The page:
THE BOOK OF THE PROPHET OF ISAIAH

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INTRODUCTION.

Among the people of God of the Old Covenant who were actively engaged in His ministry were not only the priests, who were chiefly in charge of public worship, although they also did some teaching, but also the prophets, the official spokesmen of God to the children of Israel and others, whose work consisted not only in foretelling future events, but, in general, in uttering the message of God entrusted to them, whether this pertained to an exposition of the will of God, to an application of the Law to the circumstances of their time, or to an unveiling of the future, particularly of the glories of the Messianic period. The prophets were also called seers, men of God, messengers of Jehovah, servants of the Lord, in short, organs and instruments of the Lord in making Himself, His person and His will, known to men. They performed their work either in prophetical speech, spoken or written, or by the narration of visions and dreams vouchsafed to them by the Lord, or by symbolical acts signifying certain events in the coming history of Godís people.

Among the men whose prophetical writings have been preserved in the canon of the Bible, Isaiah, the son of Amoz, stands first. Of the circumstances of his life little is known. He seems to have descended from a noble family, according to Jewish tradition a side-line of the reigning family of David. Isaiah was married and lived in Jerusalem, his two sons, by Godís command, bearing names with symbolical meanings. He began his activity as prophet in the year in which King Uzziah died, 758 B. C., and appears to have been active for some sixty years. Beside his book of prophecy Isaiah also wrote a historical work, 2 Chron. 26, 22. According to an ancient tradition, which, however, cannot be verified, Isaiah suffered martyrdom under King Manasseh.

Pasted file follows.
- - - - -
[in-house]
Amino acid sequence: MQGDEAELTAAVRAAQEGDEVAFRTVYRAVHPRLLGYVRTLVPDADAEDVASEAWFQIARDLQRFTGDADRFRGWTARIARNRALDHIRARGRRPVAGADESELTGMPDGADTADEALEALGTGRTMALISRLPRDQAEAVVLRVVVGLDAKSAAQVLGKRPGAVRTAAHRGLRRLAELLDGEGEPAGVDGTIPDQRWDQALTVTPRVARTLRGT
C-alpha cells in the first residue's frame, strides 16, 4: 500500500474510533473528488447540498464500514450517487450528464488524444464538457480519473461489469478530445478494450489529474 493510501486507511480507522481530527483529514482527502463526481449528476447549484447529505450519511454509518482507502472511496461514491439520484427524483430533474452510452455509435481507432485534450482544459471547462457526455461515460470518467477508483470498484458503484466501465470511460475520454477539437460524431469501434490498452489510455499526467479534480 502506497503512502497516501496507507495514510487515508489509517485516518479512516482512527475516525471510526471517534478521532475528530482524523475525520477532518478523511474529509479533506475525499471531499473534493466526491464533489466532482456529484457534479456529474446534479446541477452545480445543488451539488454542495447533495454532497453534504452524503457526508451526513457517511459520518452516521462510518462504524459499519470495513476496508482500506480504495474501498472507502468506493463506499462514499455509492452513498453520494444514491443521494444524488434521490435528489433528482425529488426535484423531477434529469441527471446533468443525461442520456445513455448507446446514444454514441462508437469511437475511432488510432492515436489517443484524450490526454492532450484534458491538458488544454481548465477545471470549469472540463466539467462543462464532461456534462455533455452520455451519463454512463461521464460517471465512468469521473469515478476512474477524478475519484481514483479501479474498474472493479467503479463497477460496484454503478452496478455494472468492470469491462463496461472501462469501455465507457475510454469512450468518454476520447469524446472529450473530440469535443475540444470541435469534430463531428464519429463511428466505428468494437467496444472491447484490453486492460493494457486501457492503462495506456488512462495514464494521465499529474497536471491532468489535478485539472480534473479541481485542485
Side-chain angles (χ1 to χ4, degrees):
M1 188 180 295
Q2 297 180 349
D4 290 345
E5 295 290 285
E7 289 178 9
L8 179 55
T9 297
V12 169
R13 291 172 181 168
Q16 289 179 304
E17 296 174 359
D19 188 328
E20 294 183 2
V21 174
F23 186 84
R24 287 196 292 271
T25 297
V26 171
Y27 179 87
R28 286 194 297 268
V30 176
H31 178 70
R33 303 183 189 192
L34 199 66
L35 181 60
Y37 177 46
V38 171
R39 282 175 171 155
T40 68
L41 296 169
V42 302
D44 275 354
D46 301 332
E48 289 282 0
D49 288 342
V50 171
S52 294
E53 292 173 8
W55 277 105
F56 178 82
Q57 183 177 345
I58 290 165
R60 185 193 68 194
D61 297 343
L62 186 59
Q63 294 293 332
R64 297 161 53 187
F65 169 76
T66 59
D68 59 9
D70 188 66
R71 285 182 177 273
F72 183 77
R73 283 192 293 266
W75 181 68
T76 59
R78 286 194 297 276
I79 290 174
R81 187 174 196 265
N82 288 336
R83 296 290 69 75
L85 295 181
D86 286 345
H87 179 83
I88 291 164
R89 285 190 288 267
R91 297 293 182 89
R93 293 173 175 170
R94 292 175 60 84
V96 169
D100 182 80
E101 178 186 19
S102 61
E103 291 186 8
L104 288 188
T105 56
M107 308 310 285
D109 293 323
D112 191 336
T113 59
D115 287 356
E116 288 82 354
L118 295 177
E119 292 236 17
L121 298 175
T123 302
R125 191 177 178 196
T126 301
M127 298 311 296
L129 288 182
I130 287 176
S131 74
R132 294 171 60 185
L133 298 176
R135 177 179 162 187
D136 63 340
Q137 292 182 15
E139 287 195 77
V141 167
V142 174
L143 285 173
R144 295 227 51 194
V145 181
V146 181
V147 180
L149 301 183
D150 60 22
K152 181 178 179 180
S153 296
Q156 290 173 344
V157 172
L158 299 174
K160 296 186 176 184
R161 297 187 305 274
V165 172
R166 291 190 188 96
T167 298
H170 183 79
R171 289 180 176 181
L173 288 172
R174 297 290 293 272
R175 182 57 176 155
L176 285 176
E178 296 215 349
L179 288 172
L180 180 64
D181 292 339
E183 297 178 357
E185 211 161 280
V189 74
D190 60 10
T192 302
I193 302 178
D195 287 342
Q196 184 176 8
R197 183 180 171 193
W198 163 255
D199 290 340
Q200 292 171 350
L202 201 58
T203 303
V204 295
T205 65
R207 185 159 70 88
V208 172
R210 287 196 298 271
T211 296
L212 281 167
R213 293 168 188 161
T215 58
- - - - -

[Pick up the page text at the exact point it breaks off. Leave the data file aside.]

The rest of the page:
The period of Isaiahís activity is that of the Kings Uzziah, Jotham, Ahaz, and Hezekiah. In the first part of this period the kingdom of Judah was in a most flourishing condition, 2 Kings 14, 21-15, 7. At this time the double kingdom once more had the extent which it had possessed in the days of David and Solomon. But with the accession of Ahaz came a period of disintegration and decay: gross idolatry, human sacrifices, desecration of the Temple, turning to the Assyrians for help, who, in turn, became a scourge of the country. With the accession of Hezekiah things took a turn for the better, since he restored the Temple services, celebrated the Passover, renounced the covenant with the Assyrians, and was miraculously delivered from the power of the Assyrian king. But when he gave himself to pride and made overtures to the Babylonians, he paved the way for the later ascendency of this world power and for the fall of the southern kingdom.

Isaiah stands midway between Moses and Christ. He was, at the same time, the great preacher of repentance and the evangelist of the Old Testament. To the godless he proclaimed the wrath of the Lord, the inevitable destruction, with an earnestness and impressiveness which is overwhelming in its force; to the believers, the small remnant, he preaches the comforting message of the deliverance of mankind through the Messiah, the Servant of Jehovah.

The Book of Isaiah is clearly divided into two parts, chaps. 1 to 39 and 40 to 66, both parts being grouped about certain historical facts, the first being the hypocritical apostasy of Ahaz and the subsequent invasion of Sennacherib, the second the foolish act of Hezekiah in showing the envoys of the Babylonian king the treasures of his house and thus inviting the world power to covet the riches of Judah. The first group of prophecies concerns not only Judah and Jerusalem, but also the chief foreign countries and nations, chiefly Assyria, Babylon, Moab, Syria, Egypt, and Tyre. The second group is known as the Book of Consolations and pictures the restoration of the remnant of Israel, the Messianic King, and the final glory of the Church. 1)